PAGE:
I’m certainly glad to have an explanation, but that information wasn’t of much use while I figured out what to do next in Dayton.
Down but not out, and not interested in being stranded in Dayton, I opted to navigate to the nearest Level 2 charging station, at a AAA office about 7 miles away. At least I could get lunch nearby, work a little bit, and after the Ioniq 5 had recharged enough, drive to the Electrify America fast-charging station on my way home.
The AAA charger wasn’t cooperating. The Level 2 charger, operated by Blink, could be activated by the app or via a QR code on the station. When I arrived at the station, my app refused to connect to Blink’s servers. Scanning the QR code didn’t do anything but take me to Blink’s website, which had no way to log in to an account, initialize a charger, or pay for the charging service.
I was stuck with an EV at a charger that wouldn’t work. There were about 12 miles of range indicated on the Ioniq 5's dash — not enough to risk driving to another Level 2 charger that might not work. Were Blink’s servers not working? Was something wrong with my phone?
No, it was dumber than that. Turns out, Blink replaced its app in late 2022 and the version installed on my phone was deprecated. There was no announcement when Blink switched apps, and even if there had been, I wouldn’t have known, as there aren’t many Blink-branded stations near my house. Eventually, I got that sorted and charged the Ioniq 5 enough to make it to an Electrify America station, where I got enough juice to make it home.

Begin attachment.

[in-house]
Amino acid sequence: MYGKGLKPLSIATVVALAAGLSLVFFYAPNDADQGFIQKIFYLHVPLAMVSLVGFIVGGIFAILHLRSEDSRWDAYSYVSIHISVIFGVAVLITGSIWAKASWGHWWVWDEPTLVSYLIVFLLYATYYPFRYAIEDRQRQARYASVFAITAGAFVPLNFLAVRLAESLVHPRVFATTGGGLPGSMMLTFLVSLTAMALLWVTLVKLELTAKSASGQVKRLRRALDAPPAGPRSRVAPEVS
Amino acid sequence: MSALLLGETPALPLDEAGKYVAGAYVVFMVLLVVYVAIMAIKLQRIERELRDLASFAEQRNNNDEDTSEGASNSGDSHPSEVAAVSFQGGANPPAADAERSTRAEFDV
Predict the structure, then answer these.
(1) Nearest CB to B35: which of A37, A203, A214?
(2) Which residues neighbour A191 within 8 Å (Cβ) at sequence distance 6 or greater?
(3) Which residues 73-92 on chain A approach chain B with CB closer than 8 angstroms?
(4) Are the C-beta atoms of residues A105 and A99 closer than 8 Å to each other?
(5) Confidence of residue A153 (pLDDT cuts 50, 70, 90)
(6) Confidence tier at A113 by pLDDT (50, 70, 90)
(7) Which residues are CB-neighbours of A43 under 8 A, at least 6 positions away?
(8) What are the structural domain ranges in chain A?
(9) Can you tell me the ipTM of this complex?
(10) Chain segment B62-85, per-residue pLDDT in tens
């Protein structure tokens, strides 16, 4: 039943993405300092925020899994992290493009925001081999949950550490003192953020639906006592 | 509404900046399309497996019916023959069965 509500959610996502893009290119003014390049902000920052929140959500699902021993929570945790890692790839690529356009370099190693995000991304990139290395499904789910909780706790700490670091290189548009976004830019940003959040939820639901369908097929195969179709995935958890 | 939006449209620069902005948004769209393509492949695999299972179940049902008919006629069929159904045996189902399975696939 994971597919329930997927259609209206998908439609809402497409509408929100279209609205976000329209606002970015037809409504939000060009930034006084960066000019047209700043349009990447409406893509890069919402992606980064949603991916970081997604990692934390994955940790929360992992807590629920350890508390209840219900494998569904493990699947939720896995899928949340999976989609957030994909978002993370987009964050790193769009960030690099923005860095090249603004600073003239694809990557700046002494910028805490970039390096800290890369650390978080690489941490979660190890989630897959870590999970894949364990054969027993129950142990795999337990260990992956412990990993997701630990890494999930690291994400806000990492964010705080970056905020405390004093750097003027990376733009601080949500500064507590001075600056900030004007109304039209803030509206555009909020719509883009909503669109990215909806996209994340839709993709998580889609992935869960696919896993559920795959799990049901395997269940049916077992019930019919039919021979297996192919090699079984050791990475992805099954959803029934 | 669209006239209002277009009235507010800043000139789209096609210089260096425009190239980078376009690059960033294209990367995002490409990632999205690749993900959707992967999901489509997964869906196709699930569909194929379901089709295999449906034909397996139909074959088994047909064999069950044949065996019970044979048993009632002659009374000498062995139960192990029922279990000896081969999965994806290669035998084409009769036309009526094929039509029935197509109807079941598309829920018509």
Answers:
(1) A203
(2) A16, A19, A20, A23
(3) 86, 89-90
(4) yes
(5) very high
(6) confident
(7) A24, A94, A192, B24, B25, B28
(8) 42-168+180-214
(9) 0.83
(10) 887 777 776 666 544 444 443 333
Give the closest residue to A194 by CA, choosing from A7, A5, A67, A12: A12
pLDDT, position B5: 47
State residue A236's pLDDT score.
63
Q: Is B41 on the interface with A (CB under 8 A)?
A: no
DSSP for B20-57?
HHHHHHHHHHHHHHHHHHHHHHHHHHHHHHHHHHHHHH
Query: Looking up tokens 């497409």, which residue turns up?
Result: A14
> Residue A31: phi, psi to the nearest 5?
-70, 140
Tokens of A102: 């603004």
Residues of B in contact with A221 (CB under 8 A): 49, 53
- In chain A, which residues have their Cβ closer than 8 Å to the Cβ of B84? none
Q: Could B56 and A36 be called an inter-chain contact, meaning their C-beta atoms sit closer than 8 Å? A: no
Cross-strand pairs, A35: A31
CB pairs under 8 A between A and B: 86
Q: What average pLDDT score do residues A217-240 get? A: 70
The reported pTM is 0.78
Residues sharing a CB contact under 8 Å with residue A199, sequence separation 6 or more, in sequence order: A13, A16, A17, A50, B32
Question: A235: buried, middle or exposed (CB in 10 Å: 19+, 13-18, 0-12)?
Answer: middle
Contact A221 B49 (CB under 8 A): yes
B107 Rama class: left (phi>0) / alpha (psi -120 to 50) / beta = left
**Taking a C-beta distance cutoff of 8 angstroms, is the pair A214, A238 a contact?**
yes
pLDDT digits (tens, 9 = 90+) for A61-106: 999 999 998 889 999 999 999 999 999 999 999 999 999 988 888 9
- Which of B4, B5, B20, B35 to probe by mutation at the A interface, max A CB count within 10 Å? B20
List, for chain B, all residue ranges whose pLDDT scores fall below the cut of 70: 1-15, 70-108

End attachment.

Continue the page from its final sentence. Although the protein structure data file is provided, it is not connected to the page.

Somehow, the story doesn’t even end there. A day later, the logic board in my iPhone died, making my phone a brick. Thank god for AppleCare, but as I pulled up to the mall, I realized I couldn’t even take advantage of the free charging stations. They were ChargePoint branded, and therefore use an RFID tag that is saved in your Apple Wallet. As I couldn’t use my Apple Wallet, I had no way to initialize charging.
I know this unusual comedy of errors probably seems silly to most EV enthusiasts, who will no doubt claim that what I’ve experienced is no big deal. I’ll even agree — it was as amusing as it was actually frustrating. But I’m not just complaining to validate my own experiences and feelings. This is a real problem that must be addressed if we want car buyers to adopt the EVs that automakers are so swiftly introducing.
Gas stations are a known quantity, and accessible just about anywhere there are roads. It’s simple to swipe a card or pay in cash, fill up, and leave. But as it stands, EV charging involves a series of convoluted steps with finicky apps that don’t work consistently. The older driver who has the money to buy an EV likely won’t be tech-savvy enough to waste time fooling around with apps that suck ass. As EVs make their way into the driveways of tech-dumb average joes, it’s high time that someone should ensure the EV infrastructure is both functional and easy enough for even the most computer-illiterate driver to use. Regular people aren’t going to put up with broken apps and bad UX. If EVs stay this hard to use and recharge, they’ll just continue to buy and run their easy-to-use gas-powered cars.
Come on, y’all. Just install a card reader on the front of the machine and call it a day. It’s not that hard.